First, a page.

First 394 words of the document:
The Value of Art
Plato and Aristotle:
Plato art isn't very good at informing us, actually art isn't all that valuable. It just tends to either overexcite the
emotions or it misinforms us.
1. The artist is not a Carpenter, Cobbler, or HorseTrainer so they have no real knowledge of thins and cannot
offer any deep insights to these things.
2. Theory of the Forms for every physical object we see there is an original and perfect form of it. For all
those objects we see, they share some of the universals of the Form. Everyday things we see are only copies of
copies one stage further from the true reality and because of this, Plato implied that art is dangerous as it
appears to be false and is a smokescreen that hides real life.
Problems with Plato's Criticism
1. Not all art is imitation (Plato's criticism hinge on the idea that all art is imitative), some is resemblance.
2. Doesn't consider the theory of Forms to be anything but linear reflection about an object is not taken into
account (imagination) so we look deeper and find out truths.
Aristotle imitation is useful, throughout life from childhood we have learned and benefitted from imitating i.e.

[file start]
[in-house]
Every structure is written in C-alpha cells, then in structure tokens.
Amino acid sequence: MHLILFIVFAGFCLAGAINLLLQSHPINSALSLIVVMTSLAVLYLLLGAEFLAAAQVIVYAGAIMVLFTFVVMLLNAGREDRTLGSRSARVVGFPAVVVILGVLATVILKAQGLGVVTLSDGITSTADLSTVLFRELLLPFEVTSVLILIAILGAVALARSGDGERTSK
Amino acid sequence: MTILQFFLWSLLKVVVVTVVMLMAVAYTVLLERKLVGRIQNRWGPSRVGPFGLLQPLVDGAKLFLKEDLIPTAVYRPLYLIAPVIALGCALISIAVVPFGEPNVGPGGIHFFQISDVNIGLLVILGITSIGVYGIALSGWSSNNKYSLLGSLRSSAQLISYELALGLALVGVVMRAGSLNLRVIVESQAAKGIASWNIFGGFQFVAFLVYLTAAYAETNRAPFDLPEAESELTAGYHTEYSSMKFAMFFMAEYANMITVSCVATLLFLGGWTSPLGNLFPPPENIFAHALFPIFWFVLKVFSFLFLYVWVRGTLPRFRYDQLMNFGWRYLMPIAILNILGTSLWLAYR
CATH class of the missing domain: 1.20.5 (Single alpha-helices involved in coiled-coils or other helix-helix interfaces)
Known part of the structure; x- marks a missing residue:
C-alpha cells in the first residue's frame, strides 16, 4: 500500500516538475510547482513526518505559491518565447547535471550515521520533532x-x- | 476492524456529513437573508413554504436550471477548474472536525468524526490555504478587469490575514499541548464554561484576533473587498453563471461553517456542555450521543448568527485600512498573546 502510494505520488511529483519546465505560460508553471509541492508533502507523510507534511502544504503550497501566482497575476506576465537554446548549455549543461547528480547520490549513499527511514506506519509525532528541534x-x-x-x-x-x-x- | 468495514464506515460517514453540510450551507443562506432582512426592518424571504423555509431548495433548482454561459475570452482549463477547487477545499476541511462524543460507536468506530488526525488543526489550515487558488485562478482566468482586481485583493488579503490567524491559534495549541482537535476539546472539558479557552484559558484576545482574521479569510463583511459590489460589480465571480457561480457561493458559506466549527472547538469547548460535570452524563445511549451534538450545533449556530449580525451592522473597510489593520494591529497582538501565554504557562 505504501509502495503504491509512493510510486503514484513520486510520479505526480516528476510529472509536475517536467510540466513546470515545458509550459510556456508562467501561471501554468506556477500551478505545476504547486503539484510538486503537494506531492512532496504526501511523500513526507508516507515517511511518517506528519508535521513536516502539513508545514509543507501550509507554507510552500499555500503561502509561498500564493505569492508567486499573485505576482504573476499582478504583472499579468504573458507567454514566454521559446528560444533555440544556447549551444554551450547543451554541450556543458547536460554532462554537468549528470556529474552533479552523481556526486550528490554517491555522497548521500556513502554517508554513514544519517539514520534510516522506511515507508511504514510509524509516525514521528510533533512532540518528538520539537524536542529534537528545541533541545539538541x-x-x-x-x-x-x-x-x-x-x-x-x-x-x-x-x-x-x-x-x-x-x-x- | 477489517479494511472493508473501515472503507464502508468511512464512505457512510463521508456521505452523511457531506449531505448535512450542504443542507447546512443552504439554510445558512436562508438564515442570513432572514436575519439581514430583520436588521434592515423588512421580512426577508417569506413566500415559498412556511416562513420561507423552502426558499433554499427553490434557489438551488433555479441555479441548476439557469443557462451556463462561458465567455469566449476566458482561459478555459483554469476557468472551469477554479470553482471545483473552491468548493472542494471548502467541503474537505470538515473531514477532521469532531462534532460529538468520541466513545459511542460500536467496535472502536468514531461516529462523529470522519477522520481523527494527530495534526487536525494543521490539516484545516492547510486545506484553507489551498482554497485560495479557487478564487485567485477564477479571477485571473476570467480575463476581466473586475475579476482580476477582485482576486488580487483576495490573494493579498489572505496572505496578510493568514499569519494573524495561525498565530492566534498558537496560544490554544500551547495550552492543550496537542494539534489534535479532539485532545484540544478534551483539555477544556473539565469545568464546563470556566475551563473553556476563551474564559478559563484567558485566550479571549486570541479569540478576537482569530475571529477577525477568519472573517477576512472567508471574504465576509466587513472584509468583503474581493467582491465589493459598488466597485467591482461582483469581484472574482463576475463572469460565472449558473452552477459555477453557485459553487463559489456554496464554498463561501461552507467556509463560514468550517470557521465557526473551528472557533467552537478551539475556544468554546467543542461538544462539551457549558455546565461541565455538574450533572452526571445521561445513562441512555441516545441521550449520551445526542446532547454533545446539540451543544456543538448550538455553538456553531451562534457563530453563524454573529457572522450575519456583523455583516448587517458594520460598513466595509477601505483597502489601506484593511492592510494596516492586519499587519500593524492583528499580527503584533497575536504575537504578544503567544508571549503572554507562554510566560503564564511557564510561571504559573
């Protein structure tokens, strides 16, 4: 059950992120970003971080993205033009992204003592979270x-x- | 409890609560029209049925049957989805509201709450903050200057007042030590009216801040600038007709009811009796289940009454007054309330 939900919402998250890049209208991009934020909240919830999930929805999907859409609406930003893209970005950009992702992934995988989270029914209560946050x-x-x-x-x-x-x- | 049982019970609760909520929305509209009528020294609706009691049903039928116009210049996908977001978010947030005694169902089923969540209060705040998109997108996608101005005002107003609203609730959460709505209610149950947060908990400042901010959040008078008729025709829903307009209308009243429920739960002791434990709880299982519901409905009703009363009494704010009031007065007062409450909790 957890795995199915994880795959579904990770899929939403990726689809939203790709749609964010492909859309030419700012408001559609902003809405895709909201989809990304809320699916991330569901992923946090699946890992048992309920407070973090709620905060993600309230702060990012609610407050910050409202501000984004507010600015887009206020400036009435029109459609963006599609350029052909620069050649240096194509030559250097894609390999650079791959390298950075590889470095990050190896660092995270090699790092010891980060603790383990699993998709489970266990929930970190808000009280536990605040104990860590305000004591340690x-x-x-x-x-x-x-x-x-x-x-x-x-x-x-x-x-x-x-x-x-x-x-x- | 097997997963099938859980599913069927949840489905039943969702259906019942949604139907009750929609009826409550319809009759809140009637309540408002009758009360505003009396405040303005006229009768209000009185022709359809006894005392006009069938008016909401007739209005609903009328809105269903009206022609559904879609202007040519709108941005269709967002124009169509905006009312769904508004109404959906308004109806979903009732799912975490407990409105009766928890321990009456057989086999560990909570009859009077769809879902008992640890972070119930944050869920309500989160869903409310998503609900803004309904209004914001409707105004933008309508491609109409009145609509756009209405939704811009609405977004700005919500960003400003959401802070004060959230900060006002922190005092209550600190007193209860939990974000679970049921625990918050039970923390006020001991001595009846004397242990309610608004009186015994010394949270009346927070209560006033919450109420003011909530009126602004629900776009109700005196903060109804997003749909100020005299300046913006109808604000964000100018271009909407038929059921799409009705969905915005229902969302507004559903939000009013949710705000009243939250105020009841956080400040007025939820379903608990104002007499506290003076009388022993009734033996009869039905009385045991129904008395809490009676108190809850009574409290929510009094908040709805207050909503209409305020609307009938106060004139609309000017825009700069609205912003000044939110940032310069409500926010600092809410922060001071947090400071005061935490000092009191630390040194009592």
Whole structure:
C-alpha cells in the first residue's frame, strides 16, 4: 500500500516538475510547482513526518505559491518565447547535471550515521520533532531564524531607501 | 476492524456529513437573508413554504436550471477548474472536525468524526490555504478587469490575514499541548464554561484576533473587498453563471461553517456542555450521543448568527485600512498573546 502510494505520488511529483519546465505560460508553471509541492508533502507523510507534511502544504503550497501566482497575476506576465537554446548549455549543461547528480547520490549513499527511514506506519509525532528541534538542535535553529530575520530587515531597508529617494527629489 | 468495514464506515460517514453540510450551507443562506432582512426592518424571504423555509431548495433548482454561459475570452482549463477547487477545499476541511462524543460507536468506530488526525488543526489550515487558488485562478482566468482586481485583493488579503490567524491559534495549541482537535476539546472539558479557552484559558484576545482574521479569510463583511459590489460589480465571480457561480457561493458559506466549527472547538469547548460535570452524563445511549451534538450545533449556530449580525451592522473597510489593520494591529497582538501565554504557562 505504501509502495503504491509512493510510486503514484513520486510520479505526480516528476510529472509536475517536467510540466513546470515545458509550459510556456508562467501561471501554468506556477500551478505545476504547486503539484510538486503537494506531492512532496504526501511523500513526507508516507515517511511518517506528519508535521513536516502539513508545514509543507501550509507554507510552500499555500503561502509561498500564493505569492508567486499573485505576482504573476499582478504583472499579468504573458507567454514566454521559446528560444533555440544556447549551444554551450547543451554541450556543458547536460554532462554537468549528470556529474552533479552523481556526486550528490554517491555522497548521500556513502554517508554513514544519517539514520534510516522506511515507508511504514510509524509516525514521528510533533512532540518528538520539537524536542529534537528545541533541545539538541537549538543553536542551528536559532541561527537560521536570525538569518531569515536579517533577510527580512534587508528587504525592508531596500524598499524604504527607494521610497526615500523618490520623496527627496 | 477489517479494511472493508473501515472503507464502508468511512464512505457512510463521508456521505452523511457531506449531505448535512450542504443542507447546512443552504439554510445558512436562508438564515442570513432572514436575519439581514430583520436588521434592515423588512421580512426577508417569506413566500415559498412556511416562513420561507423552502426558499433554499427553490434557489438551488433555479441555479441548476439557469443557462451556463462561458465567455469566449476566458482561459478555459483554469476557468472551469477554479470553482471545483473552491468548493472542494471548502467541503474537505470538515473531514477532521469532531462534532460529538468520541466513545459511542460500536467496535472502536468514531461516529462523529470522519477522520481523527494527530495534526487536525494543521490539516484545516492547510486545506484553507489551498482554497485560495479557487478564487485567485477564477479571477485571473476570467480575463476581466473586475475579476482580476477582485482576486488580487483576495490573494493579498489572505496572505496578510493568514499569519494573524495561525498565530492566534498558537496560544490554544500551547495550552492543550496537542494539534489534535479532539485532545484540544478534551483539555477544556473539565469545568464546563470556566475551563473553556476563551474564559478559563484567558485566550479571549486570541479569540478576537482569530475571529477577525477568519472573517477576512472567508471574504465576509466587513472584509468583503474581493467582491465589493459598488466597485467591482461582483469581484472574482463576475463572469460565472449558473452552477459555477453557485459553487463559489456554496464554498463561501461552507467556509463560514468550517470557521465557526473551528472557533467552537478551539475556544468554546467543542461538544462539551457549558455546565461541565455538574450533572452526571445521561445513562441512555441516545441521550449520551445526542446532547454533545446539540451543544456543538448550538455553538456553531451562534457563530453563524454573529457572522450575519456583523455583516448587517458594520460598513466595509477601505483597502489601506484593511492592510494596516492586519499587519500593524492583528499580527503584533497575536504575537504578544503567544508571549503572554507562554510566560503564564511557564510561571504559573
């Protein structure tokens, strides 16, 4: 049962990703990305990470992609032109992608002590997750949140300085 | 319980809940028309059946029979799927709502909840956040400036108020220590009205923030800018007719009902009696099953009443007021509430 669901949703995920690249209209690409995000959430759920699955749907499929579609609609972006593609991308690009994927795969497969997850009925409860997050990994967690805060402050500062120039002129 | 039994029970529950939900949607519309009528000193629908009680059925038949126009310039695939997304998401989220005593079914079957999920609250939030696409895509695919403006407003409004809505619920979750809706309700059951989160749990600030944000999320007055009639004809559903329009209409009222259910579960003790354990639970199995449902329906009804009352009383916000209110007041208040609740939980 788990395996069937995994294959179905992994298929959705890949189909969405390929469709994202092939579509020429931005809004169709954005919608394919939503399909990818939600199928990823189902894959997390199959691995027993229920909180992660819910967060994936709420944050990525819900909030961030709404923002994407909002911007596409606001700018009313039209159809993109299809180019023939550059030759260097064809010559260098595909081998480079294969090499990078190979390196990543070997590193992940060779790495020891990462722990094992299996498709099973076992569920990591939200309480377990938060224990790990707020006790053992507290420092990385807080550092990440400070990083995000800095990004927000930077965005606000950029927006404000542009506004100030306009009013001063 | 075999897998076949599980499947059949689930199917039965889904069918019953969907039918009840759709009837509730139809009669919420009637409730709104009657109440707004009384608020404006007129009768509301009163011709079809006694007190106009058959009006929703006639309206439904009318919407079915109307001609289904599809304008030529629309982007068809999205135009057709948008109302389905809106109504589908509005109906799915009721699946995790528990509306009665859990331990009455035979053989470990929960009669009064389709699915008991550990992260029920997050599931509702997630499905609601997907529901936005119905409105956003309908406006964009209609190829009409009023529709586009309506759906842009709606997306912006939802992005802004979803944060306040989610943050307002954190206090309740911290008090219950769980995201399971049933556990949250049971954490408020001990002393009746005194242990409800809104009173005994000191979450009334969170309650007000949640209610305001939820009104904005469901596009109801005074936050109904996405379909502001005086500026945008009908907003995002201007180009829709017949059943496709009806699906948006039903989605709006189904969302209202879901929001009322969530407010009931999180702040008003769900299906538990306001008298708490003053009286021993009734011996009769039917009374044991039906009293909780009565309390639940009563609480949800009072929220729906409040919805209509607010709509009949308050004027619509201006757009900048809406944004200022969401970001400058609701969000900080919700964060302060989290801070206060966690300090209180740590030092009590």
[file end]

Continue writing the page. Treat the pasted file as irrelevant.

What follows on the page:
imitation has value
Also, in art we find imitations or resemblances of people in difficult situations. Their actions and choices produce
consequences, some of which are extreme or severe. This sheds light on human experience.
It also acts as a Catharsis (method of coping with things via emotional cleansing), it helps us cope with our
own lives and helps guide our emotions and actions. Helps us become fully human (more moral).
Nelson Goodman Plato is wrong, art doesn't imitate, it's a language based on conventions it speaks to us in
ways that get us to learn to see the world in different ways.
Problem language (art as a language)
Word `Dog' = Image `Dog'
Word `Dog' = Image `Cat' (possibility is you've never seen an actual `dog'. Language can be misleading and
Anne Sheppard Representation, imagination and convention all need to work together successfully in order to
produce a meaningful piece of art.